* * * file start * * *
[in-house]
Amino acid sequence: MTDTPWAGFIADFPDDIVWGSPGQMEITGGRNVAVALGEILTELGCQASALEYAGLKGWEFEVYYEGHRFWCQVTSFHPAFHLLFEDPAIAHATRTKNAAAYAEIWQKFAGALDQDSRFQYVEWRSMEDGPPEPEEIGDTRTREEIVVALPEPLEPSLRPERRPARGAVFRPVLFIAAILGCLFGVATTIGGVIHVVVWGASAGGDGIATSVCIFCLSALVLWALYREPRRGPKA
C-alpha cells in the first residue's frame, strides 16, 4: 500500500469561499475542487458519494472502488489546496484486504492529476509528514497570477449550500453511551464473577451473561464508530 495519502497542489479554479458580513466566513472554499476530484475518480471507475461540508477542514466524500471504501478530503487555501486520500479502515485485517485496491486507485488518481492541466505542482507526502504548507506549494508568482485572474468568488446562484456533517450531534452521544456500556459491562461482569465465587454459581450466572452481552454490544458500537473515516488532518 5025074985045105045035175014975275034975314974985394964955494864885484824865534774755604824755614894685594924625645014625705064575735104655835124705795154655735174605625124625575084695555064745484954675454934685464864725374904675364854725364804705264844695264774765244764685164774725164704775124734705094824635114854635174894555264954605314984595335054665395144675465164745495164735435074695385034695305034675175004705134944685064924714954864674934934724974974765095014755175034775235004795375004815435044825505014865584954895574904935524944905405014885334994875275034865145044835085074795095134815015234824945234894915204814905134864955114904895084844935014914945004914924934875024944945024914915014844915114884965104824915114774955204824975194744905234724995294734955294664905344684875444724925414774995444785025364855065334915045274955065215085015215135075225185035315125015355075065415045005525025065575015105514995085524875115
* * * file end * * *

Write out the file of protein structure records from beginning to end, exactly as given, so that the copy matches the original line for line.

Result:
[in-house]
Amino acid sequence: MTDTPWAGFIADFPDDIVWGSPGQMEITGGRNVAVALGEILTELGCQASALEYAGLKGWEFEVYYEGHRFWCQVTSFHPAFHLLFEDPAIAHATRTKNAAAYAEIWQKFAGALDQDSRFQYVEWRSMEDGPPEPEEIGDTRTREEIVVALPEPLEPSLRPERRPARGAVFRPVLFIAAILGCLFGVATTIGGVIHVVVWGASAGGDGIATSVCIFCLSALVLWALYREPRRGPKA
C-alpha cells in the first residue's frame, strides 16, 4: 500500500469561499475542487458519494472502488489546496484486504492529476509528514497570477449550500453511551464473577451473561464508530 495519502497542489479554479458580513466566513472554499476530484475518480471507475461540508477542514466524500471504501478530503487555501486520500479502515485485517485496491486507485488518481492541466505542482507526502504548507506549494508568482485572474468568488446562484456533517450531534452521544456500556459491562461482569465465587454459581450466572452481552454490544458500537473515516488532518 5025074985045105045035175014975275034975314974985394964955494864885484824865534774755604824755614894685594924625645014625705064575735104655835124705795154655735174605625124625575084695555064745484954675454934685464864725374904675364854725364804705264844695264774765244764685164774725164704775124734705094824635114854635174894555264954605314984595335054665395144675465164745495164735435074695385034695305034675175004705134944685064924714954864674934934724974974765095014755175034775235004795375004815435044825505014865584954895574904935524944905405014885334994875275034865145044835085074795095134815015234824945234894915204814905134864955114904895084844935014914945004914924934875024944945024914915014844915114884965104824915114774955204824975194744905234724995294734955294664905344684875444724925414774995444785025364855065334915045274955065215085015215135075225185035315125015355075065415045005525025065575015105514995085524875115